|No dear, you don't understand - smart business people NEVER speculate with their own cash...they do deals with bankers.|
|Re: I don't think Jobs needed the loan. He seemed to have done very well. -- Dee W.||Post Reply||Top of thread||Forum|
Posted by: LateForLunch ® |
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The amount of money he wanted was extravagant. The difference in this is the difference between the definition of "investment" and "speculation". Investment banking firms do not engage in speculation. If they absorb risk, they follow very precise formulae for balancing it with profit potential.
All Jobs offered was a vague possibility of profit, no tangible revenue flow, no business plan generating products, services or new technology. Just egotistical posturing.
As it turned out the banker was right to walk away from the deal. Jobs never again produced anything on the same level of success as his first couple of decades. Jobs returned to run Apple soon after and largely abandoned all of his private projects to concentrate on that. Not long after he became sick with cancer. So they dodged a bullet.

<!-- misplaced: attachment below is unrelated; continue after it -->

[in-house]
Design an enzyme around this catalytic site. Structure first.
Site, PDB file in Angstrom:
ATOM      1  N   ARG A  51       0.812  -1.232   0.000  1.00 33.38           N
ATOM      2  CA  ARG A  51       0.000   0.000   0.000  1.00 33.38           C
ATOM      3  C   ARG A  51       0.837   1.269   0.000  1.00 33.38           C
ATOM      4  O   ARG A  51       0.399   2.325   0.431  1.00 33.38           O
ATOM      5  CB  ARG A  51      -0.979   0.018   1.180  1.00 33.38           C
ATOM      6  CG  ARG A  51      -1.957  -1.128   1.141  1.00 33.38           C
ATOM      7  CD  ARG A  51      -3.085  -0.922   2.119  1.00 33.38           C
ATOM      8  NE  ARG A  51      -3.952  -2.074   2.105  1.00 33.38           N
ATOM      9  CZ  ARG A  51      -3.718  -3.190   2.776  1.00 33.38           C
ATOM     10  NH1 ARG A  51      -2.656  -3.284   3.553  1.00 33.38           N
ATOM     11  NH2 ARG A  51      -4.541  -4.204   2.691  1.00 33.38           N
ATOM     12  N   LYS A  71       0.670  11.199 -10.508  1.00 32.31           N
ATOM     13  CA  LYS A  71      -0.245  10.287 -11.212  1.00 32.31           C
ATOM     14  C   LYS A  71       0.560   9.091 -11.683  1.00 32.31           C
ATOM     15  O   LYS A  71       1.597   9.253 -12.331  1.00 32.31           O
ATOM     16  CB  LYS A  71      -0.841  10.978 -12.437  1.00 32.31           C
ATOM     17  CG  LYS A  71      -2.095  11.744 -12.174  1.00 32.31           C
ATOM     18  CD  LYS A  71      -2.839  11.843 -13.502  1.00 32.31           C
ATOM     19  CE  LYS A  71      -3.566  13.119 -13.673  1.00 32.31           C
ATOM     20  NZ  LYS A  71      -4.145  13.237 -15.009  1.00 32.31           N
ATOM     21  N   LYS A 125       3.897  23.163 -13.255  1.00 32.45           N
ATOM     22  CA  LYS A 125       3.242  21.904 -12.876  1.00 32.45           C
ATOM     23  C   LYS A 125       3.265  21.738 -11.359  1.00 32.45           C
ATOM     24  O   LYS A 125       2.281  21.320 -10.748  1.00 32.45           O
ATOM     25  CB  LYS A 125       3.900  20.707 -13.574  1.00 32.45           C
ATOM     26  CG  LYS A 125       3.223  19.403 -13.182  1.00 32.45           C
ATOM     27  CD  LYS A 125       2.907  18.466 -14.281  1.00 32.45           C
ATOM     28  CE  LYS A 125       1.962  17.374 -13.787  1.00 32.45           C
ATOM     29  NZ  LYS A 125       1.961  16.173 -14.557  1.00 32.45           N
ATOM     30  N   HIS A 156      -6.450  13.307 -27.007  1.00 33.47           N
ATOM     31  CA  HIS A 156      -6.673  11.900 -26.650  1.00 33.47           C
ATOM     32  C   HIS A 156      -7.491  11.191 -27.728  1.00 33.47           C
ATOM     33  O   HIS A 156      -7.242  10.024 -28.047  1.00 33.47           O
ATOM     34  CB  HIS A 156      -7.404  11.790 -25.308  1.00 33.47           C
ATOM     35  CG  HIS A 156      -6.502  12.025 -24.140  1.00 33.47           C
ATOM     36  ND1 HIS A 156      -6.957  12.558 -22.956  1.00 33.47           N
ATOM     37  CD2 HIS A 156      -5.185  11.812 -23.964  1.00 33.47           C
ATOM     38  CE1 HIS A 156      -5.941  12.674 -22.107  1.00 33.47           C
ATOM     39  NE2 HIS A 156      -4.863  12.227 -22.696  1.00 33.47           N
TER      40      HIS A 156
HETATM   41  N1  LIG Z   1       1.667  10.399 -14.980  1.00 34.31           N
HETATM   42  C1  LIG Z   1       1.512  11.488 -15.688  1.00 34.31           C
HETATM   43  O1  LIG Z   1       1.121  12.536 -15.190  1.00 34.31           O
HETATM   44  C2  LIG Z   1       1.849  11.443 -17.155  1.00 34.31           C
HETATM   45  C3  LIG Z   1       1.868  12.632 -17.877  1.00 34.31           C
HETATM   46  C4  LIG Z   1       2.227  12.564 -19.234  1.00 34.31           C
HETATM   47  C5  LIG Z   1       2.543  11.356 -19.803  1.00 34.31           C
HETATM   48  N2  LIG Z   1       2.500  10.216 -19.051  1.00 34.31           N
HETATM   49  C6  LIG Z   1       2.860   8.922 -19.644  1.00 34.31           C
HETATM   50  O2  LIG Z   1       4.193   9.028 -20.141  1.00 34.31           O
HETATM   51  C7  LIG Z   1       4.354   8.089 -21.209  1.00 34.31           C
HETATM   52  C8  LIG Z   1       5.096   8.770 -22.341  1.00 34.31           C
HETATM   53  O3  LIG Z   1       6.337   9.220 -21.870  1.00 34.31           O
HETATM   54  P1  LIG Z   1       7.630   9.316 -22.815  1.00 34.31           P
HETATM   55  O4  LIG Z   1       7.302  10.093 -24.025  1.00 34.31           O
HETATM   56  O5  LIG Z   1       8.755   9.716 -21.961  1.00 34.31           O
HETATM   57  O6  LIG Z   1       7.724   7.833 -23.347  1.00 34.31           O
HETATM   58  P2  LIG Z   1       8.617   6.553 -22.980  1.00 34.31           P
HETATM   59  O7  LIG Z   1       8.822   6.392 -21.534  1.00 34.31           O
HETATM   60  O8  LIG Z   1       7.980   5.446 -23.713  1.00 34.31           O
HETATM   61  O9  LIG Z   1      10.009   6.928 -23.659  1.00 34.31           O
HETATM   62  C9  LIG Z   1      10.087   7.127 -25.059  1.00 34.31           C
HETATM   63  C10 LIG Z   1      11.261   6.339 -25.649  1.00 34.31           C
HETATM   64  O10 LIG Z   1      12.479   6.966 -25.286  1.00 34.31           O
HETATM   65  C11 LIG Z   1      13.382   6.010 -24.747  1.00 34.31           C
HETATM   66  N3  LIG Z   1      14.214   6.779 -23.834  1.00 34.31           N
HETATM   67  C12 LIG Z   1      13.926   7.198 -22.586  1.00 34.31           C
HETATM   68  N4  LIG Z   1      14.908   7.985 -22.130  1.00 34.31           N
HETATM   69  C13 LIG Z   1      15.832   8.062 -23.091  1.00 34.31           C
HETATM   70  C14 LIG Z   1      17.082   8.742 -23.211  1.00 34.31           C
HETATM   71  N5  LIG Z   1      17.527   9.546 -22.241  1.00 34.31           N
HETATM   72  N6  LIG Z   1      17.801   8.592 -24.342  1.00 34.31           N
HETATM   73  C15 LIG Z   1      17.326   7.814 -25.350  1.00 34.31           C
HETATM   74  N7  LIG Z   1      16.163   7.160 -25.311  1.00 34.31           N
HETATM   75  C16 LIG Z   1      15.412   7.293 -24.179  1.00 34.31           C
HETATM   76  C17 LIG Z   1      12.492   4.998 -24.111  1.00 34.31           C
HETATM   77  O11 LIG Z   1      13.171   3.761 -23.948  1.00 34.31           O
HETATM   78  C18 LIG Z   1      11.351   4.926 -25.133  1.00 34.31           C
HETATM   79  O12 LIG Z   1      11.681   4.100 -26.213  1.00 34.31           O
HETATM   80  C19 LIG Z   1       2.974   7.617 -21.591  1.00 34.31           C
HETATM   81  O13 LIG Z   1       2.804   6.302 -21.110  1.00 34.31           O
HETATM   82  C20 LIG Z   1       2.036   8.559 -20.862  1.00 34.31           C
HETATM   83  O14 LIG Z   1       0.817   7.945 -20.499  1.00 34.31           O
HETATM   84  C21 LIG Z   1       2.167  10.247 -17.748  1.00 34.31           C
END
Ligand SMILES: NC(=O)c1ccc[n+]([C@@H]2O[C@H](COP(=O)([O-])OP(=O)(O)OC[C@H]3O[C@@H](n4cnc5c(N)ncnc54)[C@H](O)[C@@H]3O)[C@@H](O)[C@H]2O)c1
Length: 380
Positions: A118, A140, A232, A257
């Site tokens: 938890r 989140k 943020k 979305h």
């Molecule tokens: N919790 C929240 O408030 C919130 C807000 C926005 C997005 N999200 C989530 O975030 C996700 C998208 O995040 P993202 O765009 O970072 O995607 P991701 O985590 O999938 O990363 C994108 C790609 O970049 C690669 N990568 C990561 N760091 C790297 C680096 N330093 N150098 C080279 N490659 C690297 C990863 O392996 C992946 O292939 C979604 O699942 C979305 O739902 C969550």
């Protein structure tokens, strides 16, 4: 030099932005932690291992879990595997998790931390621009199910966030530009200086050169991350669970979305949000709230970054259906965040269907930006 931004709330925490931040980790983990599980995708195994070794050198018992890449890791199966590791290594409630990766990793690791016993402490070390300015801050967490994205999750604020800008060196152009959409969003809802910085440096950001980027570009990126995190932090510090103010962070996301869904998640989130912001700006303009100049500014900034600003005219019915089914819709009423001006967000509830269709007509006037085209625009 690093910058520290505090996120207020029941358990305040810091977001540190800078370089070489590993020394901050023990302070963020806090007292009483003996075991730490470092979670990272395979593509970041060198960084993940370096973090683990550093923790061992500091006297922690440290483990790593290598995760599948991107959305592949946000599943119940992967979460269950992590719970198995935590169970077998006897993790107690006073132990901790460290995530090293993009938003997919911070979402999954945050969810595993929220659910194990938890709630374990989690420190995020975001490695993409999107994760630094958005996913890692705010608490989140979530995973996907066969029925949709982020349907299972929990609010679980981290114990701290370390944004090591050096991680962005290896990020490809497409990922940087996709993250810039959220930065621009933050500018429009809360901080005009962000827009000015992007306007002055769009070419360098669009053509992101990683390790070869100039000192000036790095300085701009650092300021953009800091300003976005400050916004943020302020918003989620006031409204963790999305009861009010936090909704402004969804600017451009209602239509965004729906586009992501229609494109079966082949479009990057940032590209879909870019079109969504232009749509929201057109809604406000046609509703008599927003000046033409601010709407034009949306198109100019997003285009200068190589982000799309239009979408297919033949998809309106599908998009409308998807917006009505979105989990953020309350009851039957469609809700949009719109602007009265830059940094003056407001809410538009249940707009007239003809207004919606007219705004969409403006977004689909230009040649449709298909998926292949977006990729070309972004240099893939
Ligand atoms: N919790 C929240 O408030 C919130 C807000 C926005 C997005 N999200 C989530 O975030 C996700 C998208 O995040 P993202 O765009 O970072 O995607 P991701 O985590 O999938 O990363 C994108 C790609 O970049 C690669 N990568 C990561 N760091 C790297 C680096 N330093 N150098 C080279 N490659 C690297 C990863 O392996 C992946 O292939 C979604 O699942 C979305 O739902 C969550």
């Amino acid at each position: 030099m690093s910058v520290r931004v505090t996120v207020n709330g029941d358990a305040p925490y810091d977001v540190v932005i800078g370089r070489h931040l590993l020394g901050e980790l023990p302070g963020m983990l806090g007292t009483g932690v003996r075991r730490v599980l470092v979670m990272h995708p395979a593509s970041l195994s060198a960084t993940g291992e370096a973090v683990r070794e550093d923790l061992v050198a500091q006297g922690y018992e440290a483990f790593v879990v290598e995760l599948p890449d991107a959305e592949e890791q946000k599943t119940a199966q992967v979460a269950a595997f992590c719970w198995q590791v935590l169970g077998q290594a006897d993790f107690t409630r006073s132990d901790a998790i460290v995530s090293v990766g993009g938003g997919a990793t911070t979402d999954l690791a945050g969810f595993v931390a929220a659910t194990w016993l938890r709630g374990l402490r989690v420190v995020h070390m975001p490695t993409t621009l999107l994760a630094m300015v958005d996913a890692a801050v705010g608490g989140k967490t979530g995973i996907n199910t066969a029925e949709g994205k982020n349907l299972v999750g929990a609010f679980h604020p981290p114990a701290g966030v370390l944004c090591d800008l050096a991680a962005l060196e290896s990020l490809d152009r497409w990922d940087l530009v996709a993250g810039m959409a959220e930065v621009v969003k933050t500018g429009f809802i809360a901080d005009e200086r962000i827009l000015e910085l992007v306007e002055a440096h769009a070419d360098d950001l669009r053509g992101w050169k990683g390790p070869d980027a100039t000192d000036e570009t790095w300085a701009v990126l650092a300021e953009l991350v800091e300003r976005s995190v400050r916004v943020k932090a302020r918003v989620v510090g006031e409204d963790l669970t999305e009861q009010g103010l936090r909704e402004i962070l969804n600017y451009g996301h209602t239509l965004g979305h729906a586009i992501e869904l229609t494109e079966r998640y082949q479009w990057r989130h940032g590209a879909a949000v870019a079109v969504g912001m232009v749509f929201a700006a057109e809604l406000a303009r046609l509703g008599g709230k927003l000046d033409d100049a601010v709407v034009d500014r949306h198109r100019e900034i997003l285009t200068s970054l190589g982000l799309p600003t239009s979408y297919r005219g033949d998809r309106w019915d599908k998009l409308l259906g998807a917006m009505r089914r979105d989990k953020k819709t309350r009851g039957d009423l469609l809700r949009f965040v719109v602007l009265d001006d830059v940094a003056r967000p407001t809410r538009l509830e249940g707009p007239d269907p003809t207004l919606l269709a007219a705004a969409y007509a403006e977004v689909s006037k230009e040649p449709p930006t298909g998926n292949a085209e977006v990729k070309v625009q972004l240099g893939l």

If an entrepreneur isn't willing to assume the larger percentage of risk by investing large amounts of their own personal money or by providing collateral in case of failure, no investment banking firm would touch the deal.
Speculation is a fool's game. One of the principles of sound investing (for banks and people) is: The best way to have a lot of money is to KEEP a lot of money.
Modified by LateForLunch at Tue, Jun 16, 2020, 02:24:26
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